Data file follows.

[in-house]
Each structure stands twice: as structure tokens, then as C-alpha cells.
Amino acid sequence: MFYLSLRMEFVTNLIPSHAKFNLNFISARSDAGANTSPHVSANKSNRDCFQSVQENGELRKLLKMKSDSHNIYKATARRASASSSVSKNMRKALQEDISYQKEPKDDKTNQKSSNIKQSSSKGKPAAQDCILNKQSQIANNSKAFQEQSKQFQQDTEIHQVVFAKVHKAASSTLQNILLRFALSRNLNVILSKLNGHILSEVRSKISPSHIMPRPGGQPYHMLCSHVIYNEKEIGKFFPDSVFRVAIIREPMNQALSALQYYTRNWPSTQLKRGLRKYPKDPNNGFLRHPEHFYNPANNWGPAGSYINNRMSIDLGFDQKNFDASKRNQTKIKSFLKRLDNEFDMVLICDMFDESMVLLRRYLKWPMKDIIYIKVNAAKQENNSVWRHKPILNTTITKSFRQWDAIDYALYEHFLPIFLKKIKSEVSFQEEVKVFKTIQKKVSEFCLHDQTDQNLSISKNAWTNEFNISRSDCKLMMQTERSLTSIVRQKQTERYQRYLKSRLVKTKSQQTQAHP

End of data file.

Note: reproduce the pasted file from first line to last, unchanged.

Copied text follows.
[in-house]
Each structure stands twice: as structure tokens, then as C-alpha cells.
Amino acid sequence: MFYLSLRMEFVTNLIPSHAKFNLNFISARSDAGANTSPHVSANKSNRDCFQSVQENGELRKLLKMKSDSHNIYKATARRASASSSVSKNMRKALQEDISYQKEPKDDKTNQKSSNIKQSSSKGKPAAQDCILNKQSQIANNSKAFQEQSKQFQQDTEIHQVVFAKVHKAASSTLQNILLRFALSRNLNVILSKLNGHILSEVRSKISPSHIMPRPGGQPYHMLCSHVIYNEKEIGKFFPDSVFRVAIIREPMNQALSALQYYTRNWPSTQLKRGLRKYPKDPNNGFLRHPEHFYNPANNWGPAGSYINNRMSIDLGFDQKNFDASKRNQTKIKSFLKRLDNEFDMVLICDMFDESMVLLRRYLKWPMKDIIYIKVNAAKQENNSVWRHKPILNTTITKSFRQWDAIDYALYEHFLPIFLKKIKSEVSFQEEVKVFKTIQKKVSEFCLHDQTDQNLSISKNAWTNEFNISRSDCKLMMQTERSLTSIVRQKQTERYQRYLKSRLVKTKSQQTQAHP